Canceling the show was “the best thing for our community.” This was a statement given by a parent regarding the unanimous decision to cancel a showing of the play And Then Came Tango at Sierra Foothill Charter School near Fresno, CA earlier last month.
The play, based on the children’s book And Tango Makes Three by Justin Richardson and Peter Parnell, tells the true story of two male penguins who together cared for and raised an orphaned baby penguin, Tango. The play put on by Fresno State’s Theatre for Young Adults was initially shown at the anti-censorship conference “Outlawed: The Naked Truth About Censored Literature for Young People,” also in Fresno, but when it came time for the play to be included in a school assembly at Sierra Foothill Charter School just a week later, parents protested. Citing the play’s supposed inappropriate content for elementary-age students — complaints that have made the original book one of the most banned books in schools and libraries across the United States and around the world — the result of the protests was initially a postponement of the play. Sadly, after a meeting of the school board, it was unanimously voted to cancel the play outright.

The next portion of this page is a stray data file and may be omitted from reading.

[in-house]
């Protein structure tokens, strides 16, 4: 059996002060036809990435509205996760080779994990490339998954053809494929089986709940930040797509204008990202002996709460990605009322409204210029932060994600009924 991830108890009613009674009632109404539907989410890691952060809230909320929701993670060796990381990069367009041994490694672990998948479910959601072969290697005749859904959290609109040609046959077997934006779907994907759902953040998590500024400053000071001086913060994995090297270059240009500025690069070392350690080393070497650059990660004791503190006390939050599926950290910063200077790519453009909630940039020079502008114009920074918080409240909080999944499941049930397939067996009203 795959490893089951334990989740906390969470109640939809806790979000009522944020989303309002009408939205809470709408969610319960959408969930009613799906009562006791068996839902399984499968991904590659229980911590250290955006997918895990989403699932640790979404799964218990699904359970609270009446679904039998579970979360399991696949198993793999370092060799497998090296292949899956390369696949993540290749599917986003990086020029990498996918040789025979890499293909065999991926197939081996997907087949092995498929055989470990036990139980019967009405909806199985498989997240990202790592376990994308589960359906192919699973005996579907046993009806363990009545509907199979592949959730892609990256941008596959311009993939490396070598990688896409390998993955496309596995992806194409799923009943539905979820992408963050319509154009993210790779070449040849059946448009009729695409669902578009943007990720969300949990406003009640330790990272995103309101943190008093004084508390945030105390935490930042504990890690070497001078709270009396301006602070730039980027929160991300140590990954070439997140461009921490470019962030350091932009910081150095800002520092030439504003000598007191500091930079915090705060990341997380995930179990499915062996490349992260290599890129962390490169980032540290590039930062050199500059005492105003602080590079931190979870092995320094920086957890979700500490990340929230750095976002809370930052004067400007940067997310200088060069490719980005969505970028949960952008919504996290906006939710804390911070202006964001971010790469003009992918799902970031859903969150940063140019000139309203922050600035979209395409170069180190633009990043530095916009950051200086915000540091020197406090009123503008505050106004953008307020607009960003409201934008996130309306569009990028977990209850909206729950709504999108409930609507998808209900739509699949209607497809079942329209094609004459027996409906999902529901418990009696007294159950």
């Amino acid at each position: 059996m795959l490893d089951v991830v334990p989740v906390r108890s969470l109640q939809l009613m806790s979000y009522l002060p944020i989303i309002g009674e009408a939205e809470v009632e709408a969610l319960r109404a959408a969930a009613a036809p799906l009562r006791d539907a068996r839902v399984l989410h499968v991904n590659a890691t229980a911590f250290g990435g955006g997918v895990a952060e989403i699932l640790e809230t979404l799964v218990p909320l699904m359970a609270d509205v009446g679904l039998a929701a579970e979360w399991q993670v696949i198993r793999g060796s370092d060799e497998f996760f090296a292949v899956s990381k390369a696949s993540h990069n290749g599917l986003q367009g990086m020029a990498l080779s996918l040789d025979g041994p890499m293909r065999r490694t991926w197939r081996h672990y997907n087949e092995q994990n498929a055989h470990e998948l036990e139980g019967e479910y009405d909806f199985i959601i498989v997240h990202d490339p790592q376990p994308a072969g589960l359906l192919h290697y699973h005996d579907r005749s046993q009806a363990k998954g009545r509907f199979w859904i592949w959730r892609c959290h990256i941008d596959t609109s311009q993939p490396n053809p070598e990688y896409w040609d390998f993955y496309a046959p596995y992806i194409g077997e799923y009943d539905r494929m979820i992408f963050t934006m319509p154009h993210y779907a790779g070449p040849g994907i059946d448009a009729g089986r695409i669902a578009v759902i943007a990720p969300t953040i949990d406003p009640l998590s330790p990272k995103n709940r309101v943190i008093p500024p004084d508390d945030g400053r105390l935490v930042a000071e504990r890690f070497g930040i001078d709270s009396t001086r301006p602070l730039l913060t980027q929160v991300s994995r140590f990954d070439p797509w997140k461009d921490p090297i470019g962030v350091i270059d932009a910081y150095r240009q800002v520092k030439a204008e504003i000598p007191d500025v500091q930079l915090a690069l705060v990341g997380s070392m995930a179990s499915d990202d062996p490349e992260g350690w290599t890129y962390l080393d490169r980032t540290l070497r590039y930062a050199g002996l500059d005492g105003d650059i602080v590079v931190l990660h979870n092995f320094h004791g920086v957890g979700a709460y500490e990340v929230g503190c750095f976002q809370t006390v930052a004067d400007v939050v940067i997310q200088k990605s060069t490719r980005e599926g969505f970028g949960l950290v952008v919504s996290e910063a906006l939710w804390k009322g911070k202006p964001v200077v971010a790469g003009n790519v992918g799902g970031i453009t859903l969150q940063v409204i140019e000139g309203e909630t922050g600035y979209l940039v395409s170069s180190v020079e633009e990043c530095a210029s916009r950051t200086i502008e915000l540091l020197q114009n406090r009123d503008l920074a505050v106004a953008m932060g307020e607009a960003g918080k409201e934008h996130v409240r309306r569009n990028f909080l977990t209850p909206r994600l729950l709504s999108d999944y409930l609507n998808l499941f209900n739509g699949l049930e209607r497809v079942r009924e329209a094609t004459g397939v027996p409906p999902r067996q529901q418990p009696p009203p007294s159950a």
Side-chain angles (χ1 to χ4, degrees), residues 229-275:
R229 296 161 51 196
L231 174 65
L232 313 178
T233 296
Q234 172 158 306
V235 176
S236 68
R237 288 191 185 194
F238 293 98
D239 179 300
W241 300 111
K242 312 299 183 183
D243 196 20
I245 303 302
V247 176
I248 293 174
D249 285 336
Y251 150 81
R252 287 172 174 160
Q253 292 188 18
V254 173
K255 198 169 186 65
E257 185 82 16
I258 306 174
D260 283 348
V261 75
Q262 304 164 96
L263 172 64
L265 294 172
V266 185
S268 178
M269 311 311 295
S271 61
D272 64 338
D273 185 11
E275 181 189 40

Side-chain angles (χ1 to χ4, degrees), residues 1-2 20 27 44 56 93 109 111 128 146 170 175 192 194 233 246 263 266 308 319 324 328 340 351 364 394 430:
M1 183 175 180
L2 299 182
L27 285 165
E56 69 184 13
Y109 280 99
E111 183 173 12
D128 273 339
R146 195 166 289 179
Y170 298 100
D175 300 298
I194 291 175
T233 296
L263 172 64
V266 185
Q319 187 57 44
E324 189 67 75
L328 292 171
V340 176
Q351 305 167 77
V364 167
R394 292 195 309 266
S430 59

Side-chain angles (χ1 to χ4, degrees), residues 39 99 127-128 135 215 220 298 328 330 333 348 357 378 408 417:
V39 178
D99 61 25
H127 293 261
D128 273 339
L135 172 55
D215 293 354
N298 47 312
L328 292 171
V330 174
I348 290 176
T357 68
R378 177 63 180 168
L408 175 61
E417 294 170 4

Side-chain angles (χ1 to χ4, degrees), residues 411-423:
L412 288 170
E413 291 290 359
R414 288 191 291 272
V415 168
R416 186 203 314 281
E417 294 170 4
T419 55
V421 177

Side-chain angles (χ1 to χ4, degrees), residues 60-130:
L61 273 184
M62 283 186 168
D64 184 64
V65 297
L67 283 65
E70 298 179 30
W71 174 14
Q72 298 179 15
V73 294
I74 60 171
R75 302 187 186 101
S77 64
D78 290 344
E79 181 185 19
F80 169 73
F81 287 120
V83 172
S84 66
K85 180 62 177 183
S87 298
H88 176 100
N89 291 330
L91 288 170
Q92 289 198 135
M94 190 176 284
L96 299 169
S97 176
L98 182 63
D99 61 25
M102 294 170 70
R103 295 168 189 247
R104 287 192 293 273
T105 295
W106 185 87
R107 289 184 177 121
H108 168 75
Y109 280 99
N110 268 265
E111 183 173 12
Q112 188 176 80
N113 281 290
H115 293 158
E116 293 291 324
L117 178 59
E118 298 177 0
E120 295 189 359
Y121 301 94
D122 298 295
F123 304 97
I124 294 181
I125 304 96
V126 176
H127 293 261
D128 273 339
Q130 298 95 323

In an ironic twist, although the play was performed at both an anti-censorship conference in neighboring Fresno as well as other schools within the San Joaquin district, this didn’t sway Foothill Charter parents and board members to show the play at their school, leading to the ultimate censorship of the play altogether.
This cancellation not only impacts the students, whose education is being censored by the decision, but further demonstrates the growing issue of a small number of concerned parents detrimentally limiting the educational experiences of all children in a school or district. As writer and blogger Rob Watson appropriately points out in an open letter to the community regarding the school decision, “By your actions, you have shut down a great educational opportunity. That opportunity was not for your kids, it was for you.”
Contributing Editor Caitlin McCabe is an independent comics scholar who loves a good pre-code horror comic and the opportunity to spread her knowledge of the industry to those looking for a great story!